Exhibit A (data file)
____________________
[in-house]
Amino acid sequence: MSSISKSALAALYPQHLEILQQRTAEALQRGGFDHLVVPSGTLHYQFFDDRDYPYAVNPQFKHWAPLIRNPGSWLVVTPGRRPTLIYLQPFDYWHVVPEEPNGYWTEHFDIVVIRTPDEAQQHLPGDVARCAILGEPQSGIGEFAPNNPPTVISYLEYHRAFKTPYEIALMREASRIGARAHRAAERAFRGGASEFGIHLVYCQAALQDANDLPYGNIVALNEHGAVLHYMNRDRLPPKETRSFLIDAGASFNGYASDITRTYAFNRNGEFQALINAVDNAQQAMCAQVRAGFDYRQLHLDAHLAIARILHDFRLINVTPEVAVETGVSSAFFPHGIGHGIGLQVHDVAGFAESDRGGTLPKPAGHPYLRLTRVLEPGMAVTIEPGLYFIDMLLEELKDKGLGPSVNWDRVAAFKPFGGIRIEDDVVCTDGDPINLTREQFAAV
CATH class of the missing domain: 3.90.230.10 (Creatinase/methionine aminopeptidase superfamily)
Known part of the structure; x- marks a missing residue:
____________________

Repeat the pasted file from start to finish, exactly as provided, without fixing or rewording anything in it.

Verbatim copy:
[in-house]
Amino acid sequence: MSSISKSALAALYPQHLEILQQRTAEALQRGGFDHLVVPSGTLHYQFFDDRDYPYAVNPQFKHWAPLIRNPGSWLVVTPGRRPTLIYLQPFDYWHVVPEEPNGYWTEHFDIVVIRTPDEAQQHLPGDVARCAILGEPQSGIGEFAPNNPPTVISYLEYHRAFKTPYEIALMREASRIGARAHRAAERAFRGGASEFGIHLVYCQAALQDANDLPYGNIVALNEHGAVLHYMNRDRLPPKETRSFLIDAGASFNGYASDITRTYAFNRNGEFQALINAVDNAQQAMCAQVRAGFDYRQLHLDAHLAIARILHDFRLINVTPEVAVETGVSSAFFPHGIGHGIGLQVHDVAGFAESDRGGTLPKPAGHPYLRLTRVLEPGMAVTIEPGLYFIDMLLEELKDKGLGPSVNWDRVAAFKPFGGIRIEDDVVCTDGDPINLTREQFAAV
CATH class of the missing domain: 3.90.230.10 (Creatinase/methionine aminopeptidase superfamily)
Known part of the structure; x- marks a missing residue: